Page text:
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Comprehensive Signal and Power Integrity for High-Speed Digital Systems
High-speed signaling technologies with multi-gigabit data transfer rates are critical to high-bandwidth communications. However, the physical limitations of the channel (in board, package, and connector), the transceiver circuits, as well as voltage and timing noises introduced along the signal paths, make the design of high-speed links very challenging. Accurate modeling and analysis of high-speed digital systems requires a good understanding of physical effects and system architecture in order to optimize the design parameters in the channel, transmitter, and receiver subsystems. This course gives students a set of skills for problem solving and strategies that they can use to design successful high-speed systems.
This course starts with a comprehensive overview of signal and power integrity analysis for high-speed systems. The instructor promptly moves on to cover the state-of-the art modeling and analysis techniques used in high-speed links. The course introduces accurate interconnect modeling including high frequency and second-order effects, and behavioral modeling of IO and ESD, including IBIS. Students will learn the concepts of equalization design and various signaling techniques (such as differential, NRZ, pulse, multi-level, etc.). At the system level, topics include clocking schemes and timing jitter analysis, as well as power analysis topics such as IR Drop, AC noise, simultaneous switching noise, and decoupling capacitor. The course concludes with a discussion of variations in manufacturing and methods to handle them in simulation and design.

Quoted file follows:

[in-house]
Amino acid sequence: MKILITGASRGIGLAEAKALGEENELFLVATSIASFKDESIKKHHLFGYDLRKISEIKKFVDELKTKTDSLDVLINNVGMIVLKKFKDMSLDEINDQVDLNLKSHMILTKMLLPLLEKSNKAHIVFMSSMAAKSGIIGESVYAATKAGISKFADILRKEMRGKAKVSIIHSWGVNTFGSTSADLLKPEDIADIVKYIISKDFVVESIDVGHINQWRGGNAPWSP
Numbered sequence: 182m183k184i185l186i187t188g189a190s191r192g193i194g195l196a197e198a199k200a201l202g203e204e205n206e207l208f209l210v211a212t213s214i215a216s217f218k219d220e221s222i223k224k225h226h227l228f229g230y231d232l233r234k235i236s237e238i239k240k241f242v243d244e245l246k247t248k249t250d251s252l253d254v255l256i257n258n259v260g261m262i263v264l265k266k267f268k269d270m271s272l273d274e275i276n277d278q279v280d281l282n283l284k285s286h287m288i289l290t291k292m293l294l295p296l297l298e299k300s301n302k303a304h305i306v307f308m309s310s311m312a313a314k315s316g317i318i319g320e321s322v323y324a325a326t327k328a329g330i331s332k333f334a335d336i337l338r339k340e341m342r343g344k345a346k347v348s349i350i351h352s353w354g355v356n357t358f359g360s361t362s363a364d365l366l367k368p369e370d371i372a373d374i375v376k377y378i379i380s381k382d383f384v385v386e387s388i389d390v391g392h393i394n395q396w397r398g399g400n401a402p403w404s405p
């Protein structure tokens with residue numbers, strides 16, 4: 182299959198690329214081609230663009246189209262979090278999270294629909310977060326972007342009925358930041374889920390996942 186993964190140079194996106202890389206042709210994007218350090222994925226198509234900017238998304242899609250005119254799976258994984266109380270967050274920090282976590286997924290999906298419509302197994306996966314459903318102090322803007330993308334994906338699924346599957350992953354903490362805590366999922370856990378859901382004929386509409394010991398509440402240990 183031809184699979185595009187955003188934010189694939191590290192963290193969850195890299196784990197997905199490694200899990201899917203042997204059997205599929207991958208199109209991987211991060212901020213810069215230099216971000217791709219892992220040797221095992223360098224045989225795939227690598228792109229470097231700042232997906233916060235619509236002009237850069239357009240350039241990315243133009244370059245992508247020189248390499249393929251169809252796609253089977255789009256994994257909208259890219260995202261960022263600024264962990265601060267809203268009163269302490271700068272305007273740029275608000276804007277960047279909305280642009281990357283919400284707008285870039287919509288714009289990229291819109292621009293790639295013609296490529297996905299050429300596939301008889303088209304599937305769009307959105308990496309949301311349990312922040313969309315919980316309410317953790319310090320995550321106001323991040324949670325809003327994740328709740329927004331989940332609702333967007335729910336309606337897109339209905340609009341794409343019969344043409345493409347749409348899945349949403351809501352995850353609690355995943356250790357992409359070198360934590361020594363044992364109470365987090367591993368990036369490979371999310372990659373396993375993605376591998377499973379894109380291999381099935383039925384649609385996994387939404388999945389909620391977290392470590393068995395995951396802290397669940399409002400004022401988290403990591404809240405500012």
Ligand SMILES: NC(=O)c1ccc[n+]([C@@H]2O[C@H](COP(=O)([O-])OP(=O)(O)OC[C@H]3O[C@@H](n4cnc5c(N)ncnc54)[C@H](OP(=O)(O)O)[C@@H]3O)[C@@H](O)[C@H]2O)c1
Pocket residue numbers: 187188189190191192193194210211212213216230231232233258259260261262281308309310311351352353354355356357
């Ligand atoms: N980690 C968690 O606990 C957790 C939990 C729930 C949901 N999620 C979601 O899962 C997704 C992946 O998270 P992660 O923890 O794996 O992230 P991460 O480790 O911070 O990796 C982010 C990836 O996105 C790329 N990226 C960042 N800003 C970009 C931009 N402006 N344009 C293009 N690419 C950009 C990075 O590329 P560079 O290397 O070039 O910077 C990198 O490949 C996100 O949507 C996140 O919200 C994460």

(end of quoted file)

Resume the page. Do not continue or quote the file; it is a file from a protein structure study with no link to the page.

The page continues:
Upon completing the course, students will have a strong understanding of signal and power integrity concepts and terminology. They will acquire the skills to design, model, and analyze high-speed interconnects. They will be able to relate various link blocks and parameters to system performance and make trade off decisions.
- An introduction to signal and power integrity in high-speed system design
- Modeling and analysis of passive components
- I/O driver and receiver modeling
- Signaling techniques
- High-speed link statistical simulation methods
- Clocking schemes
- Timing jitter and noise
- Power supply analysis
- Modeling and analysis of process and manufacturing variations
Skills Needed: Students must have a basic understanding of signal integrity, electromagnetic compatibility, printed circuit boards or packages.
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